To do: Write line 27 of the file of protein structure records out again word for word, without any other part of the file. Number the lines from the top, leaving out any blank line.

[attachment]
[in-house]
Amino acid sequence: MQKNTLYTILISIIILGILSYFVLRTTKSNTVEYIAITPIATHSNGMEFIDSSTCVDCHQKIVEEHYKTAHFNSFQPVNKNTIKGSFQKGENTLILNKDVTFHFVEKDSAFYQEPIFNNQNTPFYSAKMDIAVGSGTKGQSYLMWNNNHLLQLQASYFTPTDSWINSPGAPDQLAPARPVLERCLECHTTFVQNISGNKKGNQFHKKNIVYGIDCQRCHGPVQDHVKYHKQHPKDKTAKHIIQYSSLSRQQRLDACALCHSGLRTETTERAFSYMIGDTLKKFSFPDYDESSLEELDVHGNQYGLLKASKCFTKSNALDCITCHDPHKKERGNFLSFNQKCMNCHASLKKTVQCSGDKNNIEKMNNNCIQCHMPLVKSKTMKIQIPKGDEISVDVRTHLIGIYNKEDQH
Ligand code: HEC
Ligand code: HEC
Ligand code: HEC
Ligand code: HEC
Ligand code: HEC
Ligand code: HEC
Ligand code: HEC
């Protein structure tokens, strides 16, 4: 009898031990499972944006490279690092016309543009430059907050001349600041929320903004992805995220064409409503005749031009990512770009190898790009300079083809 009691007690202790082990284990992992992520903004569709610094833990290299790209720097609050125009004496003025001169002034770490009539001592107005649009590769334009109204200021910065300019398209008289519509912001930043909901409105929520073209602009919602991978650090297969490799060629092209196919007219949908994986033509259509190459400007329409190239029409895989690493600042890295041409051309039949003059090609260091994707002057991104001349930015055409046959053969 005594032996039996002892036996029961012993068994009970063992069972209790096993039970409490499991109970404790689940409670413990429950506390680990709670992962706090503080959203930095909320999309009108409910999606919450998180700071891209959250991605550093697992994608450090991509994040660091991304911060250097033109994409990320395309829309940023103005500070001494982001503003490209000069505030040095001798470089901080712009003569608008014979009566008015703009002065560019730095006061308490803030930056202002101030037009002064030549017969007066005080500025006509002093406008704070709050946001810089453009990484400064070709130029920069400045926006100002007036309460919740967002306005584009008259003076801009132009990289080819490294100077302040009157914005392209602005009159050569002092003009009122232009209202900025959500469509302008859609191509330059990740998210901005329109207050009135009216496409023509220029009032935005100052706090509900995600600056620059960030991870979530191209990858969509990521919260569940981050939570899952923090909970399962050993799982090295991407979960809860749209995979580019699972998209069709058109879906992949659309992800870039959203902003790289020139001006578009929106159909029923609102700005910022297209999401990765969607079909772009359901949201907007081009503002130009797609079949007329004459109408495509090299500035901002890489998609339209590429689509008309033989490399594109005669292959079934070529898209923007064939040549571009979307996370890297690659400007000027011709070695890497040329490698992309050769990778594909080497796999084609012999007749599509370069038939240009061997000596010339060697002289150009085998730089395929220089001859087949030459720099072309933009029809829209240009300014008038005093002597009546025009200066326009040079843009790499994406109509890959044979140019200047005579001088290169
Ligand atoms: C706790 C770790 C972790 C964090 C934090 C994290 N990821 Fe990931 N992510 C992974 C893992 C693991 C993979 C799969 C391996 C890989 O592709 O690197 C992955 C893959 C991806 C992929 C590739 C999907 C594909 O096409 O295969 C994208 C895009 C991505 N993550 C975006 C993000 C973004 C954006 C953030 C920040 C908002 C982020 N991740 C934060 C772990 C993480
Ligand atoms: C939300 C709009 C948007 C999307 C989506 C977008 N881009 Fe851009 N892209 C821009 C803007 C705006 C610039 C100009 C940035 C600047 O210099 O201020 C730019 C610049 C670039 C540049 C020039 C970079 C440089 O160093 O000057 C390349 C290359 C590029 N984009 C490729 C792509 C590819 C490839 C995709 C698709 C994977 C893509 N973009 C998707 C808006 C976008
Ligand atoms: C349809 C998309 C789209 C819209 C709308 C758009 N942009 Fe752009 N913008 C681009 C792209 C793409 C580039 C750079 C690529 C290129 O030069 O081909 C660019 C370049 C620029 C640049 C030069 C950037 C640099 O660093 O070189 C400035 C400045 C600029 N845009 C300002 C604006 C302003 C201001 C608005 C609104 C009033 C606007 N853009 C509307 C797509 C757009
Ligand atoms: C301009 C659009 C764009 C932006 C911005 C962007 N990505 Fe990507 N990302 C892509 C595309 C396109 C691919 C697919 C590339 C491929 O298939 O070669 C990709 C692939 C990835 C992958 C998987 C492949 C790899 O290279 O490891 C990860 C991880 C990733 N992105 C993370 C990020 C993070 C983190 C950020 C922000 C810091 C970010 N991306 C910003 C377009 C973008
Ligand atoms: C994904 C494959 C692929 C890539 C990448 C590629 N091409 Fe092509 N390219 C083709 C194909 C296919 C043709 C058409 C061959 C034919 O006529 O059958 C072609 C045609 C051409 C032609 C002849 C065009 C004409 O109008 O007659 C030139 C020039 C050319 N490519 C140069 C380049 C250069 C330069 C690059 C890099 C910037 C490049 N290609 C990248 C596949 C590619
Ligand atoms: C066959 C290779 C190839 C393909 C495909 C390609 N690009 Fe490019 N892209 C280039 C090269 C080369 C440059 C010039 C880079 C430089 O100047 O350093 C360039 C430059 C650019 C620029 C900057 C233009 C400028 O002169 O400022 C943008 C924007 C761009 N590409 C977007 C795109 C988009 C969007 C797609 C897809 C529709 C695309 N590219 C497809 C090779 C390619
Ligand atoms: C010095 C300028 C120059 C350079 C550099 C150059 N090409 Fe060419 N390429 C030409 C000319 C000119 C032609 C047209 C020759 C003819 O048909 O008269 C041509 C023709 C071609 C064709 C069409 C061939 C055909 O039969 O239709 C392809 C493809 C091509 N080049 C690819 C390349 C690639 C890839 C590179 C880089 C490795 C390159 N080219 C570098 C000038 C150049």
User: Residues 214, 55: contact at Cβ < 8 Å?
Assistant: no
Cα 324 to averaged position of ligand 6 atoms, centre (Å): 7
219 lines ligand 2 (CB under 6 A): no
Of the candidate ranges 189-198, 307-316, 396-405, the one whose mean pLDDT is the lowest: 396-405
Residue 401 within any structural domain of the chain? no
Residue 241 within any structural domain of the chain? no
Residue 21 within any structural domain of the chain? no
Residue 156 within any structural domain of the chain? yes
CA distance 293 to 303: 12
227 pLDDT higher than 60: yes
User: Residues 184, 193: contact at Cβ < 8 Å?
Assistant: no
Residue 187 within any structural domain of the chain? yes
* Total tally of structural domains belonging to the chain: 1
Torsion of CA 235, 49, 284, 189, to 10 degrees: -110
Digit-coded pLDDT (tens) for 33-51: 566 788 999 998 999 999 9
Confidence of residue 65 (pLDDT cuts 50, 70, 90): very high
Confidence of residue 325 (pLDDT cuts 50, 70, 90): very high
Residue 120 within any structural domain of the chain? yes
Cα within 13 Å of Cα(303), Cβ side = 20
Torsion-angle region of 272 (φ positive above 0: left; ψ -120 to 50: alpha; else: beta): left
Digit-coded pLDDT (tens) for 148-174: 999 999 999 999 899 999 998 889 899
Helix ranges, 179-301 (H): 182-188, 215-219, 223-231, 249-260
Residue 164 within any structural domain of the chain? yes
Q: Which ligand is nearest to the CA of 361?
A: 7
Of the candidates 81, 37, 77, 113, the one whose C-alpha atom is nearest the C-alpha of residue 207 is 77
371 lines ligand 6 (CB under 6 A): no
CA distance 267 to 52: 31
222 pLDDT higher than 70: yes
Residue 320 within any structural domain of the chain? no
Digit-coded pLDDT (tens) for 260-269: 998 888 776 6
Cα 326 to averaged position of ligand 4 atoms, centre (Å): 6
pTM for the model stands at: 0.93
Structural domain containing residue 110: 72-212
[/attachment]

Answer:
CA distance 293 to 303: 12